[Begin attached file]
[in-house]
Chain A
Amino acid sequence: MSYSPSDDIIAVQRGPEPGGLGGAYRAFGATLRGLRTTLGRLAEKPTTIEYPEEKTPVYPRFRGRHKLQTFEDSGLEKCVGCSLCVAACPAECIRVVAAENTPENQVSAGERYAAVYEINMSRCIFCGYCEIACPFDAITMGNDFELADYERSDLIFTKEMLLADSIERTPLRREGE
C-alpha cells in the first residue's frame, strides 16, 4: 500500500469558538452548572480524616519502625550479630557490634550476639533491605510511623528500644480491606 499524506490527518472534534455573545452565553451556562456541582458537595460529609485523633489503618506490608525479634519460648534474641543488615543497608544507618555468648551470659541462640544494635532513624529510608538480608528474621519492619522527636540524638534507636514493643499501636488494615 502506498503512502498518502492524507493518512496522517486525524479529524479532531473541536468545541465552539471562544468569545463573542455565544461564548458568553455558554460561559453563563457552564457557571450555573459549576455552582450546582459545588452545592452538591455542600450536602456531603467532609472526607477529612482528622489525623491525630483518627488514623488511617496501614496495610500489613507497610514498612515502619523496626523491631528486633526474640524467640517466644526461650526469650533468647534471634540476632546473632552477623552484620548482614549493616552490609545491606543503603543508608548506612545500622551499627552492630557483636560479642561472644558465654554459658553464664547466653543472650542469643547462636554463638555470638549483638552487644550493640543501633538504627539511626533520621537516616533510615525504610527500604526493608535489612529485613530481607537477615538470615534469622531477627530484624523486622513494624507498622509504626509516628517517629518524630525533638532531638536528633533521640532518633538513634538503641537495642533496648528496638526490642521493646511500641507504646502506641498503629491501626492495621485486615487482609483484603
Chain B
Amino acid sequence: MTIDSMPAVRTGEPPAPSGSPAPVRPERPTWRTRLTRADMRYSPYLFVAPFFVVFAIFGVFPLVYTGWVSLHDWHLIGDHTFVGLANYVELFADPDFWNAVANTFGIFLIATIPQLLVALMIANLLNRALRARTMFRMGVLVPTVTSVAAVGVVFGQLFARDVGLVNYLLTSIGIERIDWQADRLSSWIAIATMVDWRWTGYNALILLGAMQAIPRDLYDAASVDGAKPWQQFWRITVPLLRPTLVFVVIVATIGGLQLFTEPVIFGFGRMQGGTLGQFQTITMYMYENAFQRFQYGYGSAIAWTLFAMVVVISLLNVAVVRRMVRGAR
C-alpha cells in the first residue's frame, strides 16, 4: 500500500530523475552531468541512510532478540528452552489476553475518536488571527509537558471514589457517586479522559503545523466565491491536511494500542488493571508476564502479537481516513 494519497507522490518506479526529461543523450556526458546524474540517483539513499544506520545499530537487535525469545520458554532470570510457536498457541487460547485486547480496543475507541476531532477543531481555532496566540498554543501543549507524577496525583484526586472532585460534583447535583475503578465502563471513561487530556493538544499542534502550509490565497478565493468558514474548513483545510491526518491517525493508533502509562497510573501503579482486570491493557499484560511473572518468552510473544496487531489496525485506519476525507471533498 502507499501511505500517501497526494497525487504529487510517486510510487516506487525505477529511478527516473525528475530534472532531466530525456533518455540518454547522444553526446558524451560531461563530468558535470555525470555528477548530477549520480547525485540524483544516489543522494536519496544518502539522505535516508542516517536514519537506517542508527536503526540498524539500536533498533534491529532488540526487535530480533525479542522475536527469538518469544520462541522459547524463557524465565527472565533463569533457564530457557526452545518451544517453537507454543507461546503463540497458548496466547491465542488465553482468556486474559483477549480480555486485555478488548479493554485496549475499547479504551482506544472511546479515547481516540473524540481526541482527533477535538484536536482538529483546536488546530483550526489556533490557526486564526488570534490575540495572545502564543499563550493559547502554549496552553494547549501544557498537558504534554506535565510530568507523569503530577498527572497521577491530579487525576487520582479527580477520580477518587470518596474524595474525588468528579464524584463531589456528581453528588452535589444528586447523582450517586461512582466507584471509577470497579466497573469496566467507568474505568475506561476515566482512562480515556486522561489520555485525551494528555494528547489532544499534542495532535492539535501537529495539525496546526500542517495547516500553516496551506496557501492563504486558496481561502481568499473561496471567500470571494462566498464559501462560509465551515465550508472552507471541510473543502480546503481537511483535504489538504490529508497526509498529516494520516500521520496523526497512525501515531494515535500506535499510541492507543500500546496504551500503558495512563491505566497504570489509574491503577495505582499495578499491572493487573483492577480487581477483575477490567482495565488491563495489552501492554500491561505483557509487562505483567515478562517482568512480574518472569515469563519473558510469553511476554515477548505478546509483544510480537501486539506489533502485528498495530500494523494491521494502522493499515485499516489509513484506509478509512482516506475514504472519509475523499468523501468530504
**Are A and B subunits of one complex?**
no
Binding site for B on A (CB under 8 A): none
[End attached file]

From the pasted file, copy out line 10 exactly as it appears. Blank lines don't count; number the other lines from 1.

Binding site for B on A (CB under 8 A): none